The danger of drug abuse references in music


Photo credit: Sydne Vigille

Rappers like Lil Uzi Vert, Future, and Lil Wayne have all spoken about the usage of various drugs such as  MDMA (ecstasy/molly), percocets, and codeine laced cough syrup commonly known as “lean”in their music.  Sadly, many of these drug mentions seem as if they’re glorifying drug abuse instead of denouncing it.

Rapper Lil Peep was found dead in his tour bus on Nov. 15 after overdosing on Xanax, according to The New York Times. This has raised the question, should the references of drug abuse be taken more seriously in music?

In Lil Uzi Vert’s chart topping hit, “XO TOUR Llife3”, he clearly states his dependence on Xanax, and describing its pain-relieving properties.

“Xanny numb the pain yeah, please, xanny make it go away. I’m committed, not addicted, but it keep controlling me. All that pain now I can’t feel it, I swear that it’s slowing me,” rapped Lil Uzi Vert.

Many listeners may perceive similar lyrics about recreational drug use as entertainment without considering the deeper meaning behind them; however, is it possible that hearing repetitive messages mention drug abuse can influence people’s viewpoints on the dangers of narcotics?

FAMU Student Health Services faculty member, Randy Henley, believes that the drug references in music are problematic.

“If you hear ‘Molly and Percocet’ all day long from one of your favorite artists, and everyone is dancing and talking about doing those drugs, it becomes more socially acceptable.” said Henley.

The repeated mention of drugs in music can can cause listeners to have a glamorized view of these narcotics instead of paying attention to their negative effects.

Some use drugs as an escape from reality; however, this escape is only temporary. A majority of drugs can cause many mental, emotional, and physical repercussions to the user that may lead to addiction and death.

Ashley Ingram, a second semester nursing student, believes that music has a big influence on students, especially those in middle and high school.

“A lot of these celebrities promote stuff that they don’t even do themselves, but they do what sells,” Ingram stated.

“Music definitely glorifies drugs. If they didn’t talk about drugs so much in music, I wouldn’t know about the common drugs like Xanax, Percocet, Molly and Coke.”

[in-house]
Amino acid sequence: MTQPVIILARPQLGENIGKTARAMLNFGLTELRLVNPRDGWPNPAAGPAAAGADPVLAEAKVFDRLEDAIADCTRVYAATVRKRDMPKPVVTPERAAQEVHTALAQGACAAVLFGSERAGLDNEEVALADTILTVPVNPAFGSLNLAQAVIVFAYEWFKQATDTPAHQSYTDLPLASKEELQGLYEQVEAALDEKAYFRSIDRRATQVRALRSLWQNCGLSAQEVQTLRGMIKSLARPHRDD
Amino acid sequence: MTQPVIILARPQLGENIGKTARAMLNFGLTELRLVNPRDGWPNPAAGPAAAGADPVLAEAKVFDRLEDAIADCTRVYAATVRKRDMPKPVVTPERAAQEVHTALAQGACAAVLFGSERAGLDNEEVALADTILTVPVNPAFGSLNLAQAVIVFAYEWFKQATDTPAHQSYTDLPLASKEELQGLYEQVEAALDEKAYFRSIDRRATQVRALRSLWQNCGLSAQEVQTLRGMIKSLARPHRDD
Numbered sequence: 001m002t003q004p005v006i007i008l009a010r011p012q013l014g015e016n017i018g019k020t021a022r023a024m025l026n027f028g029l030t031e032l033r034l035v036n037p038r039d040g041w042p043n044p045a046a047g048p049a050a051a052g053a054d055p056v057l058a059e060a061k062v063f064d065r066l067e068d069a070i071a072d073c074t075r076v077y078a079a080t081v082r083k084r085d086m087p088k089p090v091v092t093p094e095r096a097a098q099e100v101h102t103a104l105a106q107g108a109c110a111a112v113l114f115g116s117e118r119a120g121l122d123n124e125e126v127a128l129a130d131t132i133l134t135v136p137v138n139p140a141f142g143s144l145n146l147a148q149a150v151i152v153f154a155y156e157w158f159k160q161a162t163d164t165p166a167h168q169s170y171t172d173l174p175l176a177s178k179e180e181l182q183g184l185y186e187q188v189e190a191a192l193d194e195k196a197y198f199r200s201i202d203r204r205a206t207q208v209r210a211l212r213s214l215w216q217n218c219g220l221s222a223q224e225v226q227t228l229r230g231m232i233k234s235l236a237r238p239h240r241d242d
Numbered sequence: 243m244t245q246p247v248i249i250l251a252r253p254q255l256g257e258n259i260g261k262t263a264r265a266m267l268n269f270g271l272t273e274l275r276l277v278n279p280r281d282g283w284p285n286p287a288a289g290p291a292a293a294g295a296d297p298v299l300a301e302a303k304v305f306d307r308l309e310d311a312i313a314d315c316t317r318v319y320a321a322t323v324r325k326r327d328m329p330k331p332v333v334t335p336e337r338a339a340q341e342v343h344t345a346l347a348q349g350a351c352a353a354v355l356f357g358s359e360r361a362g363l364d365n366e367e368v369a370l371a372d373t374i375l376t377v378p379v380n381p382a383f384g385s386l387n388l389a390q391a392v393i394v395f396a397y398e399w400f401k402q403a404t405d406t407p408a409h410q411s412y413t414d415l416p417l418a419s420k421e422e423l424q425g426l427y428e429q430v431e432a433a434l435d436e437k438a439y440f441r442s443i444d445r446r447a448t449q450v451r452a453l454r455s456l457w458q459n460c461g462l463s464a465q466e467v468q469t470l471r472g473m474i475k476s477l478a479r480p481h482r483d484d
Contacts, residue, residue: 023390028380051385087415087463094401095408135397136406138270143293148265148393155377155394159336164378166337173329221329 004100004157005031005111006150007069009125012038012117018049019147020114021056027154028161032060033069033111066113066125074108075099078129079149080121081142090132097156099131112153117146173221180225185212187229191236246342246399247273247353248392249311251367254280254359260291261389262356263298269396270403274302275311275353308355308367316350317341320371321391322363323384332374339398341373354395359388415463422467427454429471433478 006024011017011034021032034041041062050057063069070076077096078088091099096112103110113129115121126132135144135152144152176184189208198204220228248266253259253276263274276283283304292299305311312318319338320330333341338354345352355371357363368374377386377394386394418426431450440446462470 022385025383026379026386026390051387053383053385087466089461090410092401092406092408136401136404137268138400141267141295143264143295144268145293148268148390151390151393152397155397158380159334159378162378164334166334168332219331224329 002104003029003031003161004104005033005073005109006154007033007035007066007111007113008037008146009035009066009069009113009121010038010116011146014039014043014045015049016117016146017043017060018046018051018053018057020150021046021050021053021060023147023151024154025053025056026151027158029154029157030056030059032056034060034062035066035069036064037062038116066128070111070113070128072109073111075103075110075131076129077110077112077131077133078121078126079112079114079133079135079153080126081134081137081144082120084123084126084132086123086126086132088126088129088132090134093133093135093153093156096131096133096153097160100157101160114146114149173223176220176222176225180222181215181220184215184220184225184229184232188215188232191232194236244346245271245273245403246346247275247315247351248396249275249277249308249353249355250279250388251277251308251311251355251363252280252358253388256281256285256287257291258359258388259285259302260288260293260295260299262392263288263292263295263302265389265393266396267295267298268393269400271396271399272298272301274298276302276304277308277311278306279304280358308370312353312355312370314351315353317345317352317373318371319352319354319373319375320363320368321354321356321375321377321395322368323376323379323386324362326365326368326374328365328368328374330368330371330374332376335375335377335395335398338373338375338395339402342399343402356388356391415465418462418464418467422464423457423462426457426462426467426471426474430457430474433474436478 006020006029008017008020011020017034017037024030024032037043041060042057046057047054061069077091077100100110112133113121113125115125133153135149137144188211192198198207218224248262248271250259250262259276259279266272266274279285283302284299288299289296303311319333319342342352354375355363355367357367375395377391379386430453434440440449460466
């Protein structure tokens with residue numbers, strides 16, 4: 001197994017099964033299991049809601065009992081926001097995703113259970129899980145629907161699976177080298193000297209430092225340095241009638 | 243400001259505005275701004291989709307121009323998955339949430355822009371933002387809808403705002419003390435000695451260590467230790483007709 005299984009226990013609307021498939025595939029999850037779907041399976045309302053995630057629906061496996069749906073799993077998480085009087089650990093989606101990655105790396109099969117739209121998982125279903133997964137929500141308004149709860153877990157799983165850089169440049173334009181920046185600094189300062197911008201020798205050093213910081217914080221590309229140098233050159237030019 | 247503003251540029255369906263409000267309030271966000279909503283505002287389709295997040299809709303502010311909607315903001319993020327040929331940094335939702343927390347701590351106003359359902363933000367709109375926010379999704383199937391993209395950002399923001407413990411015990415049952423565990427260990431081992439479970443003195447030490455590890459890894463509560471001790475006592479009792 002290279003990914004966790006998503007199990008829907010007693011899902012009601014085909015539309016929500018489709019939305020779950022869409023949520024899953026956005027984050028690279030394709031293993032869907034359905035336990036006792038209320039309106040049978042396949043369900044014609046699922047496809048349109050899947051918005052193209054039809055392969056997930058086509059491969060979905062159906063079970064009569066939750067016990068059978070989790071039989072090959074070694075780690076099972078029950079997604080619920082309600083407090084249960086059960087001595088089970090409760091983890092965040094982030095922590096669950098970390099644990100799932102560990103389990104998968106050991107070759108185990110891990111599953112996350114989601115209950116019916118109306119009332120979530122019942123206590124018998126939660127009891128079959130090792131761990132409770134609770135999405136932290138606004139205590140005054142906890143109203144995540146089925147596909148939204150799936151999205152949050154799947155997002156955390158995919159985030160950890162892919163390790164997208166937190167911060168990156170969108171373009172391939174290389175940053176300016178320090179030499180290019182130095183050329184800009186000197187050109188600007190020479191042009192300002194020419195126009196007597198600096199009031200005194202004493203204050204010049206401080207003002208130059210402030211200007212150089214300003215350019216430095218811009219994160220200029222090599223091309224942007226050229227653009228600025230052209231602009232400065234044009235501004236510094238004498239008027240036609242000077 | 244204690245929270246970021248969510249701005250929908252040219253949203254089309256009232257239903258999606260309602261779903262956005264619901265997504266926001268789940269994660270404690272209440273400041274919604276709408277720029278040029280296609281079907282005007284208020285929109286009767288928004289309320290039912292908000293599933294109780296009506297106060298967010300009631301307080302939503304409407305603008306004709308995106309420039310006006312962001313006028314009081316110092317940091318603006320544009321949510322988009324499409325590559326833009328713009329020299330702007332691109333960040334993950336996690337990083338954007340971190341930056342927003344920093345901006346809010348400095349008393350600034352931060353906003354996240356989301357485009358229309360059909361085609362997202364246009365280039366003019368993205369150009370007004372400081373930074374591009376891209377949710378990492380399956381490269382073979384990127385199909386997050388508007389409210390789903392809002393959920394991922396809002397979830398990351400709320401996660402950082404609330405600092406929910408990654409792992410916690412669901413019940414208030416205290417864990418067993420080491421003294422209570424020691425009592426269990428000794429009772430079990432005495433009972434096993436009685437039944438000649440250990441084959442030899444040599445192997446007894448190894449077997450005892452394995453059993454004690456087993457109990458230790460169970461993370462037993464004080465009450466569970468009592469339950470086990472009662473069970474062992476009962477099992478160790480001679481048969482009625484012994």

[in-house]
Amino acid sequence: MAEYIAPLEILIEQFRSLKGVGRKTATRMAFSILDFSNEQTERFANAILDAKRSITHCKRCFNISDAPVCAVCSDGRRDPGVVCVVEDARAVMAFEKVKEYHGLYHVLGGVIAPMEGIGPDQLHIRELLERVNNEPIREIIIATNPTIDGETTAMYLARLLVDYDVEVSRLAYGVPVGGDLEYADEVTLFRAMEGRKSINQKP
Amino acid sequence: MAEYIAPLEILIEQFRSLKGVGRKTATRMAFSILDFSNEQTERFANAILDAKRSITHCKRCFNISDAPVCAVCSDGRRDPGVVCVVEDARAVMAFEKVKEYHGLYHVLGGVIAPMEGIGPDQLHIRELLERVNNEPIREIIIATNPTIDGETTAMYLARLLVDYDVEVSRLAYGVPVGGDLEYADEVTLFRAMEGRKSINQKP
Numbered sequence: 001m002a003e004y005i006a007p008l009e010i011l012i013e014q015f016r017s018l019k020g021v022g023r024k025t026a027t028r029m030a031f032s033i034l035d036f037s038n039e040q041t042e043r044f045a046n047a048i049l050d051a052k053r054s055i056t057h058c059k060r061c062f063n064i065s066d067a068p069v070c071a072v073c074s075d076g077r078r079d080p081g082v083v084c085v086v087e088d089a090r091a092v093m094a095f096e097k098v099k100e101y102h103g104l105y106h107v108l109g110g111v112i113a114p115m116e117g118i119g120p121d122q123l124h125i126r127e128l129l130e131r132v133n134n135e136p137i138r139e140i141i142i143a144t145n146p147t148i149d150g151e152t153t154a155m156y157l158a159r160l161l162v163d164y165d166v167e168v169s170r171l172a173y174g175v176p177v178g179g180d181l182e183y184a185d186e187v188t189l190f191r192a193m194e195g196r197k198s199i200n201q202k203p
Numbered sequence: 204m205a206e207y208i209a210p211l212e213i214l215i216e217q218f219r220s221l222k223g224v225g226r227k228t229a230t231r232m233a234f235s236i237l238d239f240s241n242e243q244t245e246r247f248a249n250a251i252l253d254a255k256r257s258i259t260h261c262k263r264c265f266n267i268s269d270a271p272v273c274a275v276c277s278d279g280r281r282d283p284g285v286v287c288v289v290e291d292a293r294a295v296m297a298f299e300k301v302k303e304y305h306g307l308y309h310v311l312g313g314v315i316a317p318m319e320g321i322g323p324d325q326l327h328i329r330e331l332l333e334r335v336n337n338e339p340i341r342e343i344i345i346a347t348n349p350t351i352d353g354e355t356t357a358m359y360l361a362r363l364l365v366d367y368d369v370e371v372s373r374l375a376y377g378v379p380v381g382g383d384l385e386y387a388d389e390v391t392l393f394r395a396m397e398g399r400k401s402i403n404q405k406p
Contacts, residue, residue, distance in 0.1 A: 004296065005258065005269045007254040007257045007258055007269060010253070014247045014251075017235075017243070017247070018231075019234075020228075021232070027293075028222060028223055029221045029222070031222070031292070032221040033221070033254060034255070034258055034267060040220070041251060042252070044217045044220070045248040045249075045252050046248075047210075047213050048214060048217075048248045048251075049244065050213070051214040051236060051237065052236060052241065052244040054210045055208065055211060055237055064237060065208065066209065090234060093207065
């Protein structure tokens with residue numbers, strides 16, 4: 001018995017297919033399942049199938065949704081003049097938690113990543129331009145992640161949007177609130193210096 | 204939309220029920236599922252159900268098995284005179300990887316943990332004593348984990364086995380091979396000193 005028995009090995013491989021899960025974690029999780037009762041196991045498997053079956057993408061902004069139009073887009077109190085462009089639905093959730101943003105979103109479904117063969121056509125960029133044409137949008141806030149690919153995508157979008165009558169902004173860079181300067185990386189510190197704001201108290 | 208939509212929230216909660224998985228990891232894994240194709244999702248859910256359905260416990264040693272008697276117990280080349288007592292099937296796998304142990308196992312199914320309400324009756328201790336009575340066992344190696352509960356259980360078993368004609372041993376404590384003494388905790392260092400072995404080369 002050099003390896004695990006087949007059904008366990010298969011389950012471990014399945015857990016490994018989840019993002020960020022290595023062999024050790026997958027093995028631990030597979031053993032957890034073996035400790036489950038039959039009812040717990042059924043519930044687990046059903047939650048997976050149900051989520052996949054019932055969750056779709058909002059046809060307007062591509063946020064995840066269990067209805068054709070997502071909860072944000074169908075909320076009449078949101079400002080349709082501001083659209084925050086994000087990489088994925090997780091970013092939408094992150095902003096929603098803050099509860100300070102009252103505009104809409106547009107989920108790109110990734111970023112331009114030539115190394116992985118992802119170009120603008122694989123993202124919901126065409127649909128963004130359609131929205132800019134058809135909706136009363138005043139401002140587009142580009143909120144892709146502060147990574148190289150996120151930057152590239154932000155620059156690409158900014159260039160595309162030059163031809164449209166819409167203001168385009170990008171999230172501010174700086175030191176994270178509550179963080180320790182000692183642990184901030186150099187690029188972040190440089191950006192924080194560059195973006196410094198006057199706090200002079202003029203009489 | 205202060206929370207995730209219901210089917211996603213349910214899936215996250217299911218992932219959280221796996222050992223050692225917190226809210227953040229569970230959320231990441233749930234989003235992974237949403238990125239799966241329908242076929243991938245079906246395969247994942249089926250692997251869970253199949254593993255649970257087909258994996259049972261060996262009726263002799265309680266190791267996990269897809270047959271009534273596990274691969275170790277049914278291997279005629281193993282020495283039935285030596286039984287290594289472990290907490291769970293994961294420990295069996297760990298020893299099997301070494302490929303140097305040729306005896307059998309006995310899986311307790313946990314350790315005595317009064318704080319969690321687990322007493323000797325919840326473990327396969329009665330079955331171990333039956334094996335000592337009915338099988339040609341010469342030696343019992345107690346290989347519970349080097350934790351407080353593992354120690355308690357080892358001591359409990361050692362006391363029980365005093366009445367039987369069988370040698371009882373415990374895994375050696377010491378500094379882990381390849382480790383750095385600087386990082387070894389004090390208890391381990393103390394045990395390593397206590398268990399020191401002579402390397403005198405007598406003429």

Although many rap and hip-hop lyrics seem to portray drugs as a care-free activity, findings by the Centers for Disease Control and Prevention show that more than 140 Americans die every day from an opioid overdose and the number of opioids described per person was three times higher in 2015 than in 1999.

According to the American Society of Addiction Medicine (ASAM), opioids are a class of drugs that include heroin and prescription pain relievers including oxycodone, hydrocodone and codeine. It is very easy to get addicted to these drugs because the majority are over the counter.

President Donald Trump recently declared the opioid crisis a public health emergency.  CNN reported that President Trump describes the epidemic as “The worst drug crisis in American history”.

Lil Peep is not the first drug overdose death for a celebrity in the Hip-Hop community.  On December 4, 2007, Rapper Pimp C from the Hip- Hop Duo Underground Kingz (UGK) was found dead in his Los Angeles hotel, according to a Los Angeles Times report.

The autopsy showed that high amounts of cough syrup containing codeine and promethazine as well as other drugs in his system were the cause of death. He was 33 years old.

Rapper Lil Wayne has also been known to abuse drugs, specifically codeine.

“Swimmin' laps around a bottle of Louis the XIII, jumpin’ off of a mountain into a sea of codeine,” said Lil Wayne in his track “I Feel Like Dying”.

He suffered from multiple seizures in March of 2013 and September of 2017 according to TMZ reports. In a 2009 VH1 Behind the Music documentary, Wayne addressed his dependency on the drug.

“Why in the hell should I stop drinking whatever is in my cup? I think people need to mind their own business, I don’t care if there is heroin in my cup. It’s my cup.“

Sadly, the abuse of these prescription drugs affect young college-aged adults the most. According to the National Institute on Drug Abuse, the age group 18-25 are the biggest abusers and there has been a 75% increase since the year 1999.